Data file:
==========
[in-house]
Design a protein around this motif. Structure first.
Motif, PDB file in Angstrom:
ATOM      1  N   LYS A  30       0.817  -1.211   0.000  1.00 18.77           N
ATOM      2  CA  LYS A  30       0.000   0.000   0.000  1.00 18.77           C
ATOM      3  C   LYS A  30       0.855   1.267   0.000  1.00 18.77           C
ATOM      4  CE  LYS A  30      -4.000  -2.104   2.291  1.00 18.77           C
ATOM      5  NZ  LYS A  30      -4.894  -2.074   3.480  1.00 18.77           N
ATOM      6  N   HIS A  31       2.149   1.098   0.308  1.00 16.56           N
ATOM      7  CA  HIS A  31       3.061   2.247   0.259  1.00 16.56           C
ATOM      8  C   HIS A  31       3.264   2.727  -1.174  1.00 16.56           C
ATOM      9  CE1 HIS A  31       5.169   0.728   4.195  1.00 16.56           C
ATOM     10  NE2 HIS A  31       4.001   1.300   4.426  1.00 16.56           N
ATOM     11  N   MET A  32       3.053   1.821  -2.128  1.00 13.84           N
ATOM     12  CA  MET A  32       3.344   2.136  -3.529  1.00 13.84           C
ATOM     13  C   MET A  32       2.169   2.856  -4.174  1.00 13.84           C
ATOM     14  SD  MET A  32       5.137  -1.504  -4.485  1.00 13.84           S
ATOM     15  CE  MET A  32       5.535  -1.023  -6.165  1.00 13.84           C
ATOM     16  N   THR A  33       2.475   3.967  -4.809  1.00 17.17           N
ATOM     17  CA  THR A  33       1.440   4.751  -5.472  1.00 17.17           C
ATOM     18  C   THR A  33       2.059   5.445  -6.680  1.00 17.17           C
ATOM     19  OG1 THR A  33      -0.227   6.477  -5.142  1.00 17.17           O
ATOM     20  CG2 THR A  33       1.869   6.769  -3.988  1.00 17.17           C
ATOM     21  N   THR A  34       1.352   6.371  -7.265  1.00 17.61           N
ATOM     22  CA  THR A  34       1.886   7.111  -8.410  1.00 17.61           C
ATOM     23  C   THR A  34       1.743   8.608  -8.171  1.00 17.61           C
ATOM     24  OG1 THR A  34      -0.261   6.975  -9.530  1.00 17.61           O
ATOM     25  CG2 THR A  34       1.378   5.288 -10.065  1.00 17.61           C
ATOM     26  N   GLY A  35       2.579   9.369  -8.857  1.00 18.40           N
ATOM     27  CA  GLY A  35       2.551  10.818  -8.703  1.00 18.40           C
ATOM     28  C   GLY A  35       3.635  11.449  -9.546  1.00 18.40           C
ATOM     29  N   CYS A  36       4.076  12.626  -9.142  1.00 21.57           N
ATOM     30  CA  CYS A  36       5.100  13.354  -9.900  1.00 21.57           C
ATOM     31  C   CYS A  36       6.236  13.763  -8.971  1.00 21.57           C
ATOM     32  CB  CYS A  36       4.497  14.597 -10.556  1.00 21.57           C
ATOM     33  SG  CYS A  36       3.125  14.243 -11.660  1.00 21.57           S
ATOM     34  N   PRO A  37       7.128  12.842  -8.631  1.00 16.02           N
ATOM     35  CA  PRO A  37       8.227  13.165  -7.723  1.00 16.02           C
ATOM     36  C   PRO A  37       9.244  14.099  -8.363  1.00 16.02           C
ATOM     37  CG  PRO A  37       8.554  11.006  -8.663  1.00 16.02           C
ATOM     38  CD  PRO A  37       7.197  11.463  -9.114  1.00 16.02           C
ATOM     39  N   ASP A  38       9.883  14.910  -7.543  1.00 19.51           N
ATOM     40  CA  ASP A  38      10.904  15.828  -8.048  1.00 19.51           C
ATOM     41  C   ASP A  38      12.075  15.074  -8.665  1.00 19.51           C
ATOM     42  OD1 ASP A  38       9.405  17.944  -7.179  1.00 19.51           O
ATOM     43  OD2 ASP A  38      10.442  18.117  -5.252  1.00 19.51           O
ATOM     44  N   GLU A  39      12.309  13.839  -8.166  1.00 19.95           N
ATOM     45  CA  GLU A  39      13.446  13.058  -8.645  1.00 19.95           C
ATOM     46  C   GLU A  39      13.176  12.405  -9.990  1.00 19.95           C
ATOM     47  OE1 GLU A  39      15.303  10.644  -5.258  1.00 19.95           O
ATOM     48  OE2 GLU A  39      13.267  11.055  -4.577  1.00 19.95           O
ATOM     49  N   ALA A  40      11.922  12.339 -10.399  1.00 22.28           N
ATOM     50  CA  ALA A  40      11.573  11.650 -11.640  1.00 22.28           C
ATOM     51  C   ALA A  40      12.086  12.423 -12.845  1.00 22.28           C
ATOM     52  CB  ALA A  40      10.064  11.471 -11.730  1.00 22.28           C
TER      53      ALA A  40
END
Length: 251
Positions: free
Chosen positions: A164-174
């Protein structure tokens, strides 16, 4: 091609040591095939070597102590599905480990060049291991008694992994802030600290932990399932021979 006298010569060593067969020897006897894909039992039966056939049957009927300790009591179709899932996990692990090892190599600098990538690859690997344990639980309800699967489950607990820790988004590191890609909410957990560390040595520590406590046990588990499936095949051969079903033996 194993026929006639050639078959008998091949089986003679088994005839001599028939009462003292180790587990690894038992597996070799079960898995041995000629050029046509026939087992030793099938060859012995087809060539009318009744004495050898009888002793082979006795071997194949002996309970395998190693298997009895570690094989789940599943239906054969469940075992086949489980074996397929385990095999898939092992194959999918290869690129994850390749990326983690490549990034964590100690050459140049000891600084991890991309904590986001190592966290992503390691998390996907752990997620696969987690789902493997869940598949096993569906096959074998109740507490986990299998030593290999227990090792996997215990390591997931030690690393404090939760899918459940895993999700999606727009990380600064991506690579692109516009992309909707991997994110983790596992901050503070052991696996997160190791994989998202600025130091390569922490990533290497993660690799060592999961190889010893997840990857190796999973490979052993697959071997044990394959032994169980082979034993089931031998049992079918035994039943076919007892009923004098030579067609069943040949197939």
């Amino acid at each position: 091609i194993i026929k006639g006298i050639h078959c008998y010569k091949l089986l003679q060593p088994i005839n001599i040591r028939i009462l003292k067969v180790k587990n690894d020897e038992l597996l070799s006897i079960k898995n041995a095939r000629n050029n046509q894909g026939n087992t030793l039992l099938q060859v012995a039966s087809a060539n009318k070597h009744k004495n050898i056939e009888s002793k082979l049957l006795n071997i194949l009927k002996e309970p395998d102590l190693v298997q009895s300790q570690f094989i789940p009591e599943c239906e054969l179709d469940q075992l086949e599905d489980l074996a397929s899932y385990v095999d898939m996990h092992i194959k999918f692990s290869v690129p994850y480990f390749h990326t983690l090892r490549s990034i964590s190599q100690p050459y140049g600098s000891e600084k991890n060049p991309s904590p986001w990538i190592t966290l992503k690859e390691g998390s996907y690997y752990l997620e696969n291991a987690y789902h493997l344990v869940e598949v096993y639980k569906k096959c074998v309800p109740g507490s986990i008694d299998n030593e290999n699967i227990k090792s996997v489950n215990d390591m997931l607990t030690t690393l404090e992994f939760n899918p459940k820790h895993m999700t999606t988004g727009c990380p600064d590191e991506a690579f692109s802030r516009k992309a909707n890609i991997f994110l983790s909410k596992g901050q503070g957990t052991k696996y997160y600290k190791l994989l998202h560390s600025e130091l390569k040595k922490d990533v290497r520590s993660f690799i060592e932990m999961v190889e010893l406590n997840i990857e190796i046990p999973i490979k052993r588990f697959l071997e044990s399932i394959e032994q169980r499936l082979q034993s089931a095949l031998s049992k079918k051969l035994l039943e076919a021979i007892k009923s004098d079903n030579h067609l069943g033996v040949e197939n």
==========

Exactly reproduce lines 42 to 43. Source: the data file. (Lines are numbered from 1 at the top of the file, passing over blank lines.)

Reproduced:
ATOM     39  N   ASP A  38       9.883  14.910  -7.543  1.00 19.51           N
ATOM     40  CA  ASP A  38      10.904  15.828  -8.048  1.00 19.51           C